Bring butter and cream to room temperature.
Cream butter till smooth, add cream, and vanilla, mix till smooth and homogenous.
Add sifted powder sugar and mix till smooth.Whisk buttercream, and transfer to a pastry bag.
Swirl a thin layer of filling onto the bottom of a cooled cookie, and top with another cookie.
The Italian meringue method seems more complicated, but once you've done it a few times it hardly takes any extra time. And the consistent results make it worth the few extra steps for me. After piping the meringue into the macarons, I dusted them with sparkling sugar, just like Peeps. The crunch of the sugar along with the sticky gooeyness of the marshmallow creme is totally reminiscent of the candy, but better. It works amazingly well as a macaron filling - I'm surprised I didn't think of it sooner.
If you like these macarons, consider voting on it at Sucre's site. Here are the other participants in the challenge:
Happy Easter to all!
- 200g almond meal or ground blanched almonds
- 200g confectioners’ sugar
- 200g sugar
- 50g water
- 150g egg whites, divided into two 75g portions
- 3/4 cup (150 g) sugar
- 1/4 cup (60 ml) light corn syrup
- 1/4 cup (60 ml) water
- pinch of salt
- 2 large egg whites
- 1/8 teaspoon cream of tartar
- 1 teaspoon vanilla extract
For the macarons
- Stack two baking trays on top of each other. Line with a silicone baking mat or parchment paper.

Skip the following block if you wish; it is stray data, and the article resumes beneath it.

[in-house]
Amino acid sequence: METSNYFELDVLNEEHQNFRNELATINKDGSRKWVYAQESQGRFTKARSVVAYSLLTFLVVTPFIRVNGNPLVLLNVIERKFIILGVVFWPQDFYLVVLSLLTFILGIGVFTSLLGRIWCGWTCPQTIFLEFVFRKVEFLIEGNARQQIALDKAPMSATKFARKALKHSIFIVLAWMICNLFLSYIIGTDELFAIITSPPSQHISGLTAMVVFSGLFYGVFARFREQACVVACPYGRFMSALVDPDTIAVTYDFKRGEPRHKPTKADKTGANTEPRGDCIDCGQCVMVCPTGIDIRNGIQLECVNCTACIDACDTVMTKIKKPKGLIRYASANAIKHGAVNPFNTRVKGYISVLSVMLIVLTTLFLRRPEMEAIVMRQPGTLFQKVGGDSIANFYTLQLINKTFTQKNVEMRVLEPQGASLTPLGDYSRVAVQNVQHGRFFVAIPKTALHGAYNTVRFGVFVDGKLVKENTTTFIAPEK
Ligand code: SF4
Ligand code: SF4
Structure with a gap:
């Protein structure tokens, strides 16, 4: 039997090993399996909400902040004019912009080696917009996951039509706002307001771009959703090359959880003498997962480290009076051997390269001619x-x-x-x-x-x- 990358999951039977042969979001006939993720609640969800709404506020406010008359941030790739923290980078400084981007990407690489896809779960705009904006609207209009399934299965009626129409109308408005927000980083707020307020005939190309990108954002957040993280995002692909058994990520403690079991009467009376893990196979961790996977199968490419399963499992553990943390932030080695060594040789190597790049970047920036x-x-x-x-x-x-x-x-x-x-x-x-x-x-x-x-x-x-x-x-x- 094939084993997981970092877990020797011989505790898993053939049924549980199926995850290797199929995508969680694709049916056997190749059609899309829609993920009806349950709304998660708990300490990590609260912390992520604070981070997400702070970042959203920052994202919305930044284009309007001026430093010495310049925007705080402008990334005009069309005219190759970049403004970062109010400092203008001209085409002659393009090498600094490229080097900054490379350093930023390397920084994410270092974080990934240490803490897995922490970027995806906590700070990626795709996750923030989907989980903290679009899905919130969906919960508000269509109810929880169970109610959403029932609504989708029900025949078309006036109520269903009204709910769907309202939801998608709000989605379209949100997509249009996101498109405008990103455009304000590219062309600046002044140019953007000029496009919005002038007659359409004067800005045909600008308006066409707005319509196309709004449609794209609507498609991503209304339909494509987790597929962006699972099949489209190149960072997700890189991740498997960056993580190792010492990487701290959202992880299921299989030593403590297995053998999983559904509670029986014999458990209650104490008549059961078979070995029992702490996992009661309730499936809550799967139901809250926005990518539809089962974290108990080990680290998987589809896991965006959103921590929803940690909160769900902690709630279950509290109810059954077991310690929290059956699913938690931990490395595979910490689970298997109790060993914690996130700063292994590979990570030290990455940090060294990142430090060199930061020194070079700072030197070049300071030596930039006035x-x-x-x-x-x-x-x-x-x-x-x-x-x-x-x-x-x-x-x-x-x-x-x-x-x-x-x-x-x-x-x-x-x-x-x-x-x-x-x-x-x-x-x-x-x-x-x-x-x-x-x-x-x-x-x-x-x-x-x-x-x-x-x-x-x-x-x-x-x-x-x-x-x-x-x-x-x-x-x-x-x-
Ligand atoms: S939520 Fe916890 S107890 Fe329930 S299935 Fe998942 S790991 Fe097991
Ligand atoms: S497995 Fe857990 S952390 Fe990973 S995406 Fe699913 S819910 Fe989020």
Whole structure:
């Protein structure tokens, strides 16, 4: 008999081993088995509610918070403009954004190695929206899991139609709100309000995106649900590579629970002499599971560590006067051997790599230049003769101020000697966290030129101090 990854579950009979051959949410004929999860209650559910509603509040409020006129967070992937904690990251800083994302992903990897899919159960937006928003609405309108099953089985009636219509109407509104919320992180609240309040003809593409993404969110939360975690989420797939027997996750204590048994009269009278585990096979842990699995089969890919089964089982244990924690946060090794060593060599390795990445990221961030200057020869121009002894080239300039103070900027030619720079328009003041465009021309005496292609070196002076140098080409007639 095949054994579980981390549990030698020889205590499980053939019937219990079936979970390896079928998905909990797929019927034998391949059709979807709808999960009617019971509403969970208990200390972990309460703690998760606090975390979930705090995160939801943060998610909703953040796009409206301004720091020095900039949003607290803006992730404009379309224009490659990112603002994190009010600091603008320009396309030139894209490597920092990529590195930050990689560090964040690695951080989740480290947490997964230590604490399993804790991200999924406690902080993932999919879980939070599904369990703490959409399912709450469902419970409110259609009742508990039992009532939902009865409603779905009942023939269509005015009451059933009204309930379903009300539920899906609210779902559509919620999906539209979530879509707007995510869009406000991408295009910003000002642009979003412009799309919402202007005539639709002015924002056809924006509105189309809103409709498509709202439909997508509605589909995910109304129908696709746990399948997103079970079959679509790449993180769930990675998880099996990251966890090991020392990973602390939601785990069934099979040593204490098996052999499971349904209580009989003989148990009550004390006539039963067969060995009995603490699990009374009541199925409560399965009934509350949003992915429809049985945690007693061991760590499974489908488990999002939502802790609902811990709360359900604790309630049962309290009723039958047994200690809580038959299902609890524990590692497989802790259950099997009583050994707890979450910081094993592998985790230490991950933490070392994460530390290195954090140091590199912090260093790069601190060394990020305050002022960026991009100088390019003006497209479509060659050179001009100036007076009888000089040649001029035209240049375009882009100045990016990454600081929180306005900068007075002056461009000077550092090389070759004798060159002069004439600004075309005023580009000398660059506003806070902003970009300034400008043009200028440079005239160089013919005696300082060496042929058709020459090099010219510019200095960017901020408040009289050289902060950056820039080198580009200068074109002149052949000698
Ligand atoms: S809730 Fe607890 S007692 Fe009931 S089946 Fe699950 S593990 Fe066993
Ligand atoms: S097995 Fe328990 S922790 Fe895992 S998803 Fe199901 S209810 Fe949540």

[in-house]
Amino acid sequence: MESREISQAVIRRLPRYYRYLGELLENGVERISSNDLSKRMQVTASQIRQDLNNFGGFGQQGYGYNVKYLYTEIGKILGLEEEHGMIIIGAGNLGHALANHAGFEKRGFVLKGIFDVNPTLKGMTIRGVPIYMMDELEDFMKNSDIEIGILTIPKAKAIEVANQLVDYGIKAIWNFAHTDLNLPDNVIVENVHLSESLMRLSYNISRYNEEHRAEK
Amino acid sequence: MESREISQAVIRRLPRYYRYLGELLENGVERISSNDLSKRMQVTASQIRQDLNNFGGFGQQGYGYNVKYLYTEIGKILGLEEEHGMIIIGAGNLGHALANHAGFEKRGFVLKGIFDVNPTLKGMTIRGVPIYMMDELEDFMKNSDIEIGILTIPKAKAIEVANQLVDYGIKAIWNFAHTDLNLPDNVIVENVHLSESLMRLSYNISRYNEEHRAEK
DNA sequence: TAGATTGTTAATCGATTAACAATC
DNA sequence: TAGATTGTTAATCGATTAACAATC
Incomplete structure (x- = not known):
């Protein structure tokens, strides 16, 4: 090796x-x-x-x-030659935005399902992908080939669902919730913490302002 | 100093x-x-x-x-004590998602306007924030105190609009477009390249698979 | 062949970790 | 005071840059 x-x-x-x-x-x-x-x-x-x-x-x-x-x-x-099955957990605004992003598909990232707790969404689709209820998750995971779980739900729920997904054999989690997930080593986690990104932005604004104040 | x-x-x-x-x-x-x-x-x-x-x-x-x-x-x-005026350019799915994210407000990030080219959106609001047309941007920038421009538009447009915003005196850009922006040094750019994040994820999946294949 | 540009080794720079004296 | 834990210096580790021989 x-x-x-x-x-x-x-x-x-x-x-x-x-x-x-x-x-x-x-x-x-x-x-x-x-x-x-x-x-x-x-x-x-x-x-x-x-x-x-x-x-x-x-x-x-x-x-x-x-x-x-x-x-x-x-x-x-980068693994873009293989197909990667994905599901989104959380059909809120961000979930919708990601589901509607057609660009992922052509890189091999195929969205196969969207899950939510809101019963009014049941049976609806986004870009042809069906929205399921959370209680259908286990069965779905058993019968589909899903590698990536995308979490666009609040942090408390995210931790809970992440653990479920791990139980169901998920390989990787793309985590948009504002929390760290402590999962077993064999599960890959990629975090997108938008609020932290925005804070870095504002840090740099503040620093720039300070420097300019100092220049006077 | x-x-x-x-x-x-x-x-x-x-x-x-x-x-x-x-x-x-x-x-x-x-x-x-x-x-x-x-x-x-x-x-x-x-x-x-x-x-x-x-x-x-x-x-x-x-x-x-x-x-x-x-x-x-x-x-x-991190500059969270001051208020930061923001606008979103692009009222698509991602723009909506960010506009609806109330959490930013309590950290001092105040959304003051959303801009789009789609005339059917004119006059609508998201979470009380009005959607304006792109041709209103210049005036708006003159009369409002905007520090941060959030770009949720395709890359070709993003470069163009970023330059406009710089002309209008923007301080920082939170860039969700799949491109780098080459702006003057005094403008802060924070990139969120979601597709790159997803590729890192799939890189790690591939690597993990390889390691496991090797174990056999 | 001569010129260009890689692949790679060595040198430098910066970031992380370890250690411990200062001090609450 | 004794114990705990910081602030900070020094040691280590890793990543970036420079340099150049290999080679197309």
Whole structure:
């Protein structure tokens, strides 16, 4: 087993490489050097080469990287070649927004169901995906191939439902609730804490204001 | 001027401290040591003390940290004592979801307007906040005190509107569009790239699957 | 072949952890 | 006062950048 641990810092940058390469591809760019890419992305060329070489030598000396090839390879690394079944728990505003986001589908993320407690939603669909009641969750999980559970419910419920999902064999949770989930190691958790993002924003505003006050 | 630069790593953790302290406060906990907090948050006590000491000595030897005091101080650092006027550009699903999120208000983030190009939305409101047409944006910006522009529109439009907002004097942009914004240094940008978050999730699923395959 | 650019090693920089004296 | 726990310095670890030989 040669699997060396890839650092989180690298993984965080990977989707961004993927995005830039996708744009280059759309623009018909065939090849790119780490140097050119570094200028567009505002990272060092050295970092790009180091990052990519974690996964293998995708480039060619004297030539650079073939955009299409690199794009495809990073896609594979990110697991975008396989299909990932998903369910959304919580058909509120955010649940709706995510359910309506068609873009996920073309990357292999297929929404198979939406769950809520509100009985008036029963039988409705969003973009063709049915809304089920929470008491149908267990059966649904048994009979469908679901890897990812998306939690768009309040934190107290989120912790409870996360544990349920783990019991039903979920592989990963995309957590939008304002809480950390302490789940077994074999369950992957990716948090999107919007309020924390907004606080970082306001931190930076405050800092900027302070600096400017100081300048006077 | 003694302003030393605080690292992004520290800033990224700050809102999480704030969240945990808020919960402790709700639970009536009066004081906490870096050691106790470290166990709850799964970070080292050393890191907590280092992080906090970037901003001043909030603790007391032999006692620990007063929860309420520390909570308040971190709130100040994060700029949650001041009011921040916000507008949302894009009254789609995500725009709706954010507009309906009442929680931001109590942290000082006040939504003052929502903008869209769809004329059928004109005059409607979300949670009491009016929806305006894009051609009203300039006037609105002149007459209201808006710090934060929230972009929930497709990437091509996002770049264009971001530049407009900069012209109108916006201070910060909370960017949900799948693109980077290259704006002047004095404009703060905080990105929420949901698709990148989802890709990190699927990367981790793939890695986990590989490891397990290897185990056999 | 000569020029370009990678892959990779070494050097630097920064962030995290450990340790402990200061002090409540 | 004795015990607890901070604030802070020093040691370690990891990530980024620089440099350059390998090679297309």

- Process almond meal with confectioners’ sugar in a food processor. Sieve out any large bits of almond.
- Combine sugar and water in a saucepan. Heat on medium until all the sugar is dissolved.
- Meanwhile, place 75g of egg whites in a mixer bowl with the whisk attachment.
- Continue cooking until the sugar syrup reaches 118 C/245 F. While the sugar is cooking, begin whisking the egg whites. They should reach stiff peaks by the time the syrup is at 245 F. If it whips too fast, turn down or turn off the mixer.
- Turn the mixer speed to low. Carefully pour the sugar syrup in a slow stream into the mixer.
- Turn the mixer speed to high and let the meringue for several minutes until it has cooled and appears glossy and firm.
- In a large bowl, combine the almond meal mixture with the remaining 75g of egg whites until partially combined.
- Scoop the meringue on top of the almond meal mixture. Using a spatula or dough scraper, carefully fold the meringue in, trying not to deflate it. The final batter should be thick and flow slowly like magma. Do not overmix.
- Scoop the batter into a piping bag fitted with a ½” diameter plain tip. Pipe 1 ½” rounds of batter onto the prepared baking sheets. Let the sheets sit for about 20 minutes to let the shells harden.
- Meanwhile, preheat the oven to 160 C/320 F.
- Bake one set of macarons for 15 minutes, rotating once. Let tray cool for a few minutes before removing from the silicone mat. Let finish cooling on wire racks.
For the marshmallow creme
- Combine sugar, corn syrup, water, and salt in a medium saucepan. Bring to a boil over medium-high heat. Continue cooking until the mixture reaches 240 degrees F.
- While the sugar is cooking, place egg whites and cream of tartar in bowl of a stand mixer fitted with the whisk attachment. Whip egg whites just to soft peaks. If the sugar mixture has not reached 240 degrees F yet, turn off the mixer.
- With the mixer running on high, pour the sugar mixture in a steady stream down the side of the bowl into the egg whites. Whip on high speed for several minutes until meringue becomes stiff and glossy.
- Add vanilla and whip to combine.
- Scrape marshmallow creme into a container. It can be used right away or refrigerated.
- Fill a piping bag fitted with a 1/4" round tip with the marshmallow creme. Pipe a swirl of marshmallow creme on half of the macarons. Top with the remaining macarons.